The government is about to ban letting agent fees. Good riddance to a rip off.
According to reports this morning, the chancellor will ban letting agent fees in his statement later today.
The move will cheer anyone who has rented a property in recent years, often being charged huge sums for little more than printing out and signing a contract.
We first called for a ban in 2009 and our 2015 report showed why the problem still needed solving. Even after efforts to improve the market, the overwhelming majority of letting agents (88%) still imposed extra charges, often running into hundreds of pounds, with our survey suggesting the total average fee for a tenancy had hit £337—and fees were rising fast.
Letting agent fees are eye-watering and have been rising fast
But it’s not just the eye-watering level of letting agent fees that merits today’s ban. After all, lots of services are expensive, some justifiably so.
What raised eyebrows with letting agents was that their fees varied so wildly and inexplicably. We found letting agents charging anywhere from £6 to £300 to check a reference and from £15 to £300 to renew a tenancy. That is not a well-functioning market. Moreover, these variations bore no clear relationship to the cost of the service provided. We found agents charging as much as £300 for credit checks that are widely available on the open market for £25.
Even so, is an issue like letting agent fees really worthy of the chancellor’s attention? Arguably, yes. That’s because, as private renting has grown, letting agents have gone from being a niche industry to being the gatekeeper to one of life’s most essential services. This is particularly the case for those ‘just about managing’ families that the government has set out its stall to help.
In the last ten years, for example, the number of households living in the private rental sector in England has doubled from 2.2 million to 4.4 million. And the population of renters has not only grown, it has also become more representative of the population at large. While the share of 25–34 year olds who rent privately has more than doubled, rising from 21% to 48%, renting is no longer just a stopgap for the young. One million more 35–54 year olds now rent privately compared to 10 years ago, causing an explosion in the number of children living in the sector. In 2004, the most common household type in the private rental sector was single working-age adults. Now, a million families are raising children in a privately rented home, treble the number a decade ago, and couples with children are the most common type of renters.
Far more couples with children now live in the private rental sector
And if letting agents were taking advantage of their new, more important role, this wasn’t for lack of effort from policymakers. Since 2009, there had already been 3 attempts to make the letting agents market work better.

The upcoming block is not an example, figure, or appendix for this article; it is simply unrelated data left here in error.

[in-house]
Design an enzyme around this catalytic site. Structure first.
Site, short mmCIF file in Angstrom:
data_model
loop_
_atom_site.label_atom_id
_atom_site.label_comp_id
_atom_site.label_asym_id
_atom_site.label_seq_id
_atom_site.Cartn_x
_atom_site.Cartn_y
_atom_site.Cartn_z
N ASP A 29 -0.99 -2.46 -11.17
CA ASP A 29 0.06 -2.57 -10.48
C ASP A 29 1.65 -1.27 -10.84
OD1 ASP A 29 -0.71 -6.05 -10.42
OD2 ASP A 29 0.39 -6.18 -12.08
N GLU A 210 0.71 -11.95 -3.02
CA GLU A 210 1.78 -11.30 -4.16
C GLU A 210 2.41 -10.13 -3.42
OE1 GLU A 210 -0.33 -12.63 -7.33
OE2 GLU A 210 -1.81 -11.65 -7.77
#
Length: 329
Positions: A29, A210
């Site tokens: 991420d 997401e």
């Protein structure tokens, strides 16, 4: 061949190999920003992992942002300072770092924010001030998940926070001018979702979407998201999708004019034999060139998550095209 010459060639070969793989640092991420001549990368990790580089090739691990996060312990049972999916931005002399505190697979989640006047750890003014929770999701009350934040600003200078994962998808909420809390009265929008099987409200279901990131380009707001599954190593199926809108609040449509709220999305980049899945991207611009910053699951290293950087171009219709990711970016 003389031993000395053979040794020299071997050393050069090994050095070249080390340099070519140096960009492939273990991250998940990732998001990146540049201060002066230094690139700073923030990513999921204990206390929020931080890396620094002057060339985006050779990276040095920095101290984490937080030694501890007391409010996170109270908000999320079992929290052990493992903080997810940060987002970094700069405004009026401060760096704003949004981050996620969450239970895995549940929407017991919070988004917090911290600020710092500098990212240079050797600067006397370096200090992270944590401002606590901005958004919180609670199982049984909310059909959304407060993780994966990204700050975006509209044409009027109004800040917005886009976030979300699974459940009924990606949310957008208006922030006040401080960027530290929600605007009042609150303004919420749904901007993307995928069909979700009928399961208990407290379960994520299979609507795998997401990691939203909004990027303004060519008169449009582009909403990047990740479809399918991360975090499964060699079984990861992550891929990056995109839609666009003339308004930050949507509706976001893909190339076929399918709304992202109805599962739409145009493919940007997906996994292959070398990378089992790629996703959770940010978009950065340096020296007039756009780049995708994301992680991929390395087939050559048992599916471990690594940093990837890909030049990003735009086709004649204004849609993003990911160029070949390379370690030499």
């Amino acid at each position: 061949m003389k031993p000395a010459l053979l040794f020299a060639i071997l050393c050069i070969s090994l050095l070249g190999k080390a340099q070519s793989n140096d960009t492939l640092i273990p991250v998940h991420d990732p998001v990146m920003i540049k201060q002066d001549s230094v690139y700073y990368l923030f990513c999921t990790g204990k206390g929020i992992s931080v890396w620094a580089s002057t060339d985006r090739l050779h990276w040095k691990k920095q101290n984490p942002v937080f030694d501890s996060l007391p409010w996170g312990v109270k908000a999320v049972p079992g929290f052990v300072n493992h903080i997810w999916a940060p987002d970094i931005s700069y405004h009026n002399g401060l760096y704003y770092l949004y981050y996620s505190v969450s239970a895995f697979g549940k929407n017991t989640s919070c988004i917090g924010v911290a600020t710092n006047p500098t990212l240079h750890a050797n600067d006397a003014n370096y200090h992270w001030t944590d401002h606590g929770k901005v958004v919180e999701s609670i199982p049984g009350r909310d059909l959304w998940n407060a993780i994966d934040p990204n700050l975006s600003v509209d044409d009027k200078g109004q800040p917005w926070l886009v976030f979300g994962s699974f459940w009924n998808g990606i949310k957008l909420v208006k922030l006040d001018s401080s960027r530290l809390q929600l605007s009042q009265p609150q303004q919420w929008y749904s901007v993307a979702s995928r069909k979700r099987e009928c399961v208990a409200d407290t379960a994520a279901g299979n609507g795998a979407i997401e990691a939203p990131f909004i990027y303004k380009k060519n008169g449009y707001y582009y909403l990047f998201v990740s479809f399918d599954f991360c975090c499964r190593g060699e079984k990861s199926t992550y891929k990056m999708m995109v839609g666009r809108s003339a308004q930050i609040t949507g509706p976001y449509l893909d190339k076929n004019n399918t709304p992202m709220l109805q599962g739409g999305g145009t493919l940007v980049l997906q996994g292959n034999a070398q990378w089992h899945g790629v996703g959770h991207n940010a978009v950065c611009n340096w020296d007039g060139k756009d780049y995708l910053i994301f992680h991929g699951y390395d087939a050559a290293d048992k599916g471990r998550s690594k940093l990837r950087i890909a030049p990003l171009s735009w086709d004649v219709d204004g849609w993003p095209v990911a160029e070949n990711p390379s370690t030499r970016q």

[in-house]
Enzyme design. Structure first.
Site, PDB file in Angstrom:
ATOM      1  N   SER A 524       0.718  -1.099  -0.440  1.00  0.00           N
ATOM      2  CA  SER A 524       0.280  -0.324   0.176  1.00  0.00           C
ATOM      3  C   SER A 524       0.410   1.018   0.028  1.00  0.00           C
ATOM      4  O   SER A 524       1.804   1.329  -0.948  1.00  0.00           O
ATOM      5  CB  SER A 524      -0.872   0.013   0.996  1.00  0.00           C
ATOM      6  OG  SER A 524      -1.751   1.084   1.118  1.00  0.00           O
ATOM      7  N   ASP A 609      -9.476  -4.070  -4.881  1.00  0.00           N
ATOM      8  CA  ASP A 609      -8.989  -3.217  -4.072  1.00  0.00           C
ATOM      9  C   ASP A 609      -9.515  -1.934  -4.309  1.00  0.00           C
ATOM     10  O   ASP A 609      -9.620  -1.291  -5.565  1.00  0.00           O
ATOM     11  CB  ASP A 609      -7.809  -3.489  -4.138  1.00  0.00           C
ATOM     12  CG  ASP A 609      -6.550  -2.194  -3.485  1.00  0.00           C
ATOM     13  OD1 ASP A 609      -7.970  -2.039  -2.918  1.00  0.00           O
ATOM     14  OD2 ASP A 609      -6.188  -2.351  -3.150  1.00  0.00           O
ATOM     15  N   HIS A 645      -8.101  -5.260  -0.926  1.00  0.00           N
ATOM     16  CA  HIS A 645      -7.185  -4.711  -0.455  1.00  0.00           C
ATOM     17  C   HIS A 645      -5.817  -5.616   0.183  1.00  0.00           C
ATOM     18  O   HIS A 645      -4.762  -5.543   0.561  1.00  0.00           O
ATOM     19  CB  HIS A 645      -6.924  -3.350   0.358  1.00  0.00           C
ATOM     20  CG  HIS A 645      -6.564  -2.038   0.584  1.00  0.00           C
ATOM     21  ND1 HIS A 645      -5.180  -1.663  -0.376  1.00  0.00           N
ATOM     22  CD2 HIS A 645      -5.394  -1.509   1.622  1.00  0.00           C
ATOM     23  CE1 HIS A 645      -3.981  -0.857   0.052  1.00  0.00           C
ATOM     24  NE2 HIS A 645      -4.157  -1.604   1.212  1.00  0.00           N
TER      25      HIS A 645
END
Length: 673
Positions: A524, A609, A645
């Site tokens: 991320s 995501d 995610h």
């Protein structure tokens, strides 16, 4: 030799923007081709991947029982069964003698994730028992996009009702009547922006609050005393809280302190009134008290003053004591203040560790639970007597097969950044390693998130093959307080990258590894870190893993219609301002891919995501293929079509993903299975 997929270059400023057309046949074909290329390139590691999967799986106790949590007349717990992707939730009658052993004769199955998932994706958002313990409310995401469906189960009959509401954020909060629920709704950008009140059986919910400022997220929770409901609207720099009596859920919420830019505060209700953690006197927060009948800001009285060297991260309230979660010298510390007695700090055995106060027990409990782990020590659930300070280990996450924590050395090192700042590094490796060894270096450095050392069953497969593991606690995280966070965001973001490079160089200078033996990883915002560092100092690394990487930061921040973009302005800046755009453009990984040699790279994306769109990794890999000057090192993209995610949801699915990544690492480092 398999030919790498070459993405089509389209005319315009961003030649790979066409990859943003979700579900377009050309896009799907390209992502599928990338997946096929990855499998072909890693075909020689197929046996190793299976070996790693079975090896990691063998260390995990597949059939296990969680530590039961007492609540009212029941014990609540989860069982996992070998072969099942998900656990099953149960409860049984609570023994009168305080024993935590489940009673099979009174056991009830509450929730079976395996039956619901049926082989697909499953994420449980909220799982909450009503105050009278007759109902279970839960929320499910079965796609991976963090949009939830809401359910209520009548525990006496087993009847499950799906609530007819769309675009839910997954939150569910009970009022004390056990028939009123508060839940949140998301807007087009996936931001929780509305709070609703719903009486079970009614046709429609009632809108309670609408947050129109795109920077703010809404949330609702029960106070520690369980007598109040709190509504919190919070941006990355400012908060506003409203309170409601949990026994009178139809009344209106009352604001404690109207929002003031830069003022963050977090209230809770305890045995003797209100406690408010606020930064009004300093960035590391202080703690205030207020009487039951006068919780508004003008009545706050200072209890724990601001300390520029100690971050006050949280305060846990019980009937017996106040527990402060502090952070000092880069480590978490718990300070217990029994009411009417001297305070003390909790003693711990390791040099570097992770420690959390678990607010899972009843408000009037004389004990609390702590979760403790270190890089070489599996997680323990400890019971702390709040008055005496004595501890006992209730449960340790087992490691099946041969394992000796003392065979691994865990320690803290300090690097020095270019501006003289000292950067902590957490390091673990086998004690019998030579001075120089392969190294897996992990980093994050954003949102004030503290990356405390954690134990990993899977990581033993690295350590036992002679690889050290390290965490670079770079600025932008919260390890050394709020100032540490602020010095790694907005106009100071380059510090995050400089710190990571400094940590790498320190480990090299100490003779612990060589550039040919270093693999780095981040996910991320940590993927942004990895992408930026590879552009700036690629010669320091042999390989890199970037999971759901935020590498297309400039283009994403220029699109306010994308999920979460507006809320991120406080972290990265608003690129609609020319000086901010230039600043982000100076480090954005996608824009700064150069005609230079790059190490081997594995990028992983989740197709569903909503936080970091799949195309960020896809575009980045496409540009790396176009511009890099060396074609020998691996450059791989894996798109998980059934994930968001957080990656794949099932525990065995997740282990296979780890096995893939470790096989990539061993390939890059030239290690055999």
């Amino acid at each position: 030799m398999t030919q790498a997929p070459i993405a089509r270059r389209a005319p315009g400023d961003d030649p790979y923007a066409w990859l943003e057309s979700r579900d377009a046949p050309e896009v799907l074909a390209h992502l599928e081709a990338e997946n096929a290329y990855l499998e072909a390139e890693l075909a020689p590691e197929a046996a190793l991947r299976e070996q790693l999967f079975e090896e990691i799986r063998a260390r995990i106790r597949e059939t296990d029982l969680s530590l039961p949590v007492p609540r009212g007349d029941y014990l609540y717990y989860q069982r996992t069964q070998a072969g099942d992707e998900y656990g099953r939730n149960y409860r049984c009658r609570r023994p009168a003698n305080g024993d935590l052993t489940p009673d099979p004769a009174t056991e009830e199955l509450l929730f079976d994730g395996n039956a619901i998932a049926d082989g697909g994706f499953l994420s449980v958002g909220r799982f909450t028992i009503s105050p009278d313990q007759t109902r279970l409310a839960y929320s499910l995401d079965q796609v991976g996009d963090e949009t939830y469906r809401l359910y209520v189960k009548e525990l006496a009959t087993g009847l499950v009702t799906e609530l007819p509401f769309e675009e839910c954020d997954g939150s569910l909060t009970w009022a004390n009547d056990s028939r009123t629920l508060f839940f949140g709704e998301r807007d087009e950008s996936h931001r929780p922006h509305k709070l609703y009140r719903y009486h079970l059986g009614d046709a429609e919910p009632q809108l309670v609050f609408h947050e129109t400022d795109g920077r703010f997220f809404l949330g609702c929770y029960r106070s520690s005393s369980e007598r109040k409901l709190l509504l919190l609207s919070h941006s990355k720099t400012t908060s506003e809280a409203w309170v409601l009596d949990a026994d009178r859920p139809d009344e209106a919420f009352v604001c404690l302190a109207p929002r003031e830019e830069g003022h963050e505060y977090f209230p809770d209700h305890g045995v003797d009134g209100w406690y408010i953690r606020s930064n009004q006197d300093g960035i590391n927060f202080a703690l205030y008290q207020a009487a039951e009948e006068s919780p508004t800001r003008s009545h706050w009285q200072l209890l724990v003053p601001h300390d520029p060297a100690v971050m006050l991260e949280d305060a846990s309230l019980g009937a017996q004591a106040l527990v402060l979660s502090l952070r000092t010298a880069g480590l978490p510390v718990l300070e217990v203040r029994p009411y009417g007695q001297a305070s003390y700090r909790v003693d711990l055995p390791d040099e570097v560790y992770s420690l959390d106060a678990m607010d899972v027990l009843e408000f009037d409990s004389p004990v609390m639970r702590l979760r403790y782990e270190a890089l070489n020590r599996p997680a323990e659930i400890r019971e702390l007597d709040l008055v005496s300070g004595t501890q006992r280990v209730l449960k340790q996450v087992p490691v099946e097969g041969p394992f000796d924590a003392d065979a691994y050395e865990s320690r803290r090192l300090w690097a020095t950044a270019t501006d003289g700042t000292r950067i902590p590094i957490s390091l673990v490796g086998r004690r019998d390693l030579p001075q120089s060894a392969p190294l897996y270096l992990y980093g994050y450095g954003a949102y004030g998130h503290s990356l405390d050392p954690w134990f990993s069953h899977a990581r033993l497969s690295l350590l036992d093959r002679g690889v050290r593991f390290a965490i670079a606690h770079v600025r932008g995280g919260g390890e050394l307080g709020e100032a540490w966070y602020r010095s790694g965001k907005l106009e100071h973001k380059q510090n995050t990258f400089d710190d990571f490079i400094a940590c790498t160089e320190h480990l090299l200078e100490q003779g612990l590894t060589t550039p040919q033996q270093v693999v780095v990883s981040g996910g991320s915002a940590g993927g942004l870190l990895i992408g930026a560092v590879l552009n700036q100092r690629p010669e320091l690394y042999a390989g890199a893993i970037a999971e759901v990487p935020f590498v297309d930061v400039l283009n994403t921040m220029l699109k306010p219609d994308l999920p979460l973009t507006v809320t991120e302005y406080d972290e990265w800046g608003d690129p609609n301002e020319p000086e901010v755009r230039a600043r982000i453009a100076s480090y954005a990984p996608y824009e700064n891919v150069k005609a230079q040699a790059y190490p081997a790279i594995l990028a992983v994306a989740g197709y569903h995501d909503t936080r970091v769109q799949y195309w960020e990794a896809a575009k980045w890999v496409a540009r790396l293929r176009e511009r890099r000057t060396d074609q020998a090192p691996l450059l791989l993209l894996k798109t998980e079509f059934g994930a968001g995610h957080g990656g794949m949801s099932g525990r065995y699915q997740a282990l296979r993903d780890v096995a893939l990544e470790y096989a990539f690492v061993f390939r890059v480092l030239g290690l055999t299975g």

First, since November 2013, the Advertising Standards Authority (ASA) have required letting agents to provide clearer information about fees and holding deposits before a renter agrees to a tenancy. Second, the government itself added a welcome amendment to the Consumer Rights Bill, requiring letting agents to publish a full tariff of their fees on their websites and in offices, with stronger penalties for non-compliance. Third, since October 2014, letting agents have been required to join a redress scheme, an independent service for resolving disputes between letting agents and their customers.
These changes were worthwhile. And all 3 will have made things better for some renters. But they didn’t solve the problem of rip-off fees.
That’s partly because letting agents didn’t comply. In our research last year, only a third (34%) of letting agents willingly gave us full written details of their charges when asked.
But it’s also because of a more fundamental failure in the market: renters simply don’t choose properties on the basis of letting agent fees.
For anyone who’s rented privately, this much is obvious. Letting agent fees are at best an afterthought and at worst an unavoidable imposition, arising only once a deposit, contract or living arrangement is already in place. In fact, only a quarter (25%) of renters told us they even considered letting agent fees when shopping for a property. As a result, however well you enforce transparency over fees, competition has no bite. It’s landlords that shop for letting agents, not renters, and so it’s landlords that should pay the fees.
Renters don’t choose properties on the basis of letting agent fees
So, all in all, today’s ban is welcome and worthwhile. It will save renters money and it is a proportionate response — and far from a first resort — that will leave behind a better-functioning market. It’s also a sure sign that the government is serious when it says it wants to fix markets that aren’t serving consumers. Energy market be warned.